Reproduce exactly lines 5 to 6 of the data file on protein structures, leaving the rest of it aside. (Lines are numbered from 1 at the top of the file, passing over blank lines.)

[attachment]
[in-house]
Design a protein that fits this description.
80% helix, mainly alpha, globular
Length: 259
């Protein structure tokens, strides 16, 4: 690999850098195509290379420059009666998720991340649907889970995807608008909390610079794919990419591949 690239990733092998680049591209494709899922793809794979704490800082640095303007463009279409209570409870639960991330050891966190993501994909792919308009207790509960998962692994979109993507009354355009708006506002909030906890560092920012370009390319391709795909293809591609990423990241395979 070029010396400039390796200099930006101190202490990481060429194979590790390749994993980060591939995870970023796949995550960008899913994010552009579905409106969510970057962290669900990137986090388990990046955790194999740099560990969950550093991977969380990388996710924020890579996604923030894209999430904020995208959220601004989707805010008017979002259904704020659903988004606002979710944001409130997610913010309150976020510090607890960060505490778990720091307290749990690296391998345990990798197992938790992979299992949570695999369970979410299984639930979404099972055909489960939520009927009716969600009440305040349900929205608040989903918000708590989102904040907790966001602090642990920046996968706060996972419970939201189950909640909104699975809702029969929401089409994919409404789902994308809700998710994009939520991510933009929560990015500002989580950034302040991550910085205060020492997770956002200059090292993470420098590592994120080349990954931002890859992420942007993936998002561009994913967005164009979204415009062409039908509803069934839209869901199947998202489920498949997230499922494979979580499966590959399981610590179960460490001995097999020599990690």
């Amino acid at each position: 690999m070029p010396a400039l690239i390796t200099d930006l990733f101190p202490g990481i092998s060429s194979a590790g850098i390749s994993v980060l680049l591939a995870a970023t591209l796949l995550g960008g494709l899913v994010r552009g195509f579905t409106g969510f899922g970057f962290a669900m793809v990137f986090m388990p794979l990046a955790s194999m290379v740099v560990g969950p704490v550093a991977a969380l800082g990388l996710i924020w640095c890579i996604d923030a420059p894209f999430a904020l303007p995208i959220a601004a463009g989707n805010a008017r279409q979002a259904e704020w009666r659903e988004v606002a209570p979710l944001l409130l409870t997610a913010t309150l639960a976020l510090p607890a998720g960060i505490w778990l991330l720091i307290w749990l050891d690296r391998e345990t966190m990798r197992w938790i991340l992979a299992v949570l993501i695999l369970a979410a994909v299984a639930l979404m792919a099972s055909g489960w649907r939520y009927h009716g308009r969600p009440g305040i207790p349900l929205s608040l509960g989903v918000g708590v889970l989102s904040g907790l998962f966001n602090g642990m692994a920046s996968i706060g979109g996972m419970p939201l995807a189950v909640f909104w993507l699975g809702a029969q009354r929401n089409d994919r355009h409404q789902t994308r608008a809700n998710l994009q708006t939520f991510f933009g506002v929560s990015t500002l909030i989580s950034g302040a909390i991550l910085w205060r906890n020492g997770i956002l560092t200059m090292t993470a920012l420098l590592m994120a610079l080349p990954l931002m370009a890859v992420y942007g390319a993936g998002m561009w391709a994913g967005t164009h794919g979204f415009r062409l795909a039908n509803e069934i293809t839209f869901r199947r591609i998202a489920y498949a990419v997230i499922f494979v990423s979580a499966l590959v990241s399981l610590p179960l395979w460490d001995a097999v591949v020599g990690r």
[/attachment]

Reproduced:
């Protein structure tokens, strides 16, 4: 690999850098195509290379420059009666998720991340649907889970995807608008909390610079794919990419591949 690239990733092998680049591209494709899922793809794979704490800082640095303007463009279409209570409870639960991330050891966190993501994909792919308009207790509960998962692994979109993507009354355009708006506002909030906890560092920012370009390319391709795909293809591609990423990241395979 070029010396400039390796200099930006101190202490990481060429194979590790390749994993980060591939995870970023796949995550960008899913994010552009579905409106969510970057962290669900990137986090388990990046955790194999740099560990969950550093991977969380990388996710924020890579996604923030894209999430904020995208959220601004989707805010008017979002259904704020659903988004606002979710944001409130997610913010309150976020510090607890960060505490778990720091307290749990690296391998345990990798197992938790992979299992949570695999369970979410299984639930979404099972055909489960939520009927009716969600009440305040349900929205608040989903918000708590989102904040907790966001602090642990920046996968706060996972419970939201189950909640909104699975809702029969929401089409994919409404789902994308809700998710994009939520991510933009929560990015500002989580950034302040991550910085205060020492997770956002200059090292993470420098590592994120080349990954931002890859992420942007993936998002561009994913967005164009979204415009062409039908509803069934839209869901199947998202489920498949997230499922494979979580499966590959399981610590179960460490001995097999020599990690």
């Amino acid at each position: 690999m070029p010396a400039l690239i390796t200099d930006l990733f101190p202490g990481i092998s060429s194979a590790g850098i390749s994993v980060l680049l591939a995870a970023t591209l796949l995550g960008g494709l899913v994010r552009g195509f579905t409106g969510f899922g970057f962290a669900m793809v990137f986090m388990p794979l990046a955790s194999m290379v740099v560990g969950p704490v550093a991977a969380l800082g990388l996710i924020w640095c890579i996604d923030a420059p894209f999430a904020l303007p995208i959220a601004a463009g989707n805010a008017r279409q979002a259904e704020w009666r659903e988004v606002a209570p979710l944001l409130l409870t997610a913010t309150l639960a976020l510090p607890a998720g960060i505490w778990l991330l720091i307290w749990l050891d690296r391998e345990t966190m990798r197992w938790i991340l992979a299992v949570l993501i695999l369970a979410a994909v299984a639930l979404m792919a099972s055909g489960w649907r939520y009927h009716g308009r969600p009440g305040i207790p349900l929205s608040l509960g989903v918000g708590v889970l989102s904040g907790l998962f966001n602090g642990m692994a920046s996968i706060g979109g996972m419970p939201l995807a189950v909640f909104w993507l699975g809702a029969q009354r929401n089409d994919r355009h409404q789902t994308r608008a809700n998710l994009q708006t939520f991510f933009g506002v929560s990015t500002l909030i989580s950034g302040a909390i991550l910085w205060r906890n020492g997770i956002l560092t200059m090292t993470a920012l420098l590592m994120a610079l080349p990954l931002m370009a890859v992420y942007g390319a993936g998002m561009w391709a994913g967005t164009h794919g979204f415009r062409l795909a039908n509803e069934i293809t839209f869901r199947r591609i998202a489920y498949a990419v997230i499922f494979v990423s979580a499966l590959v990241s399981l610590p179960l395979w460490d001995a097999v591949v020599g990690r």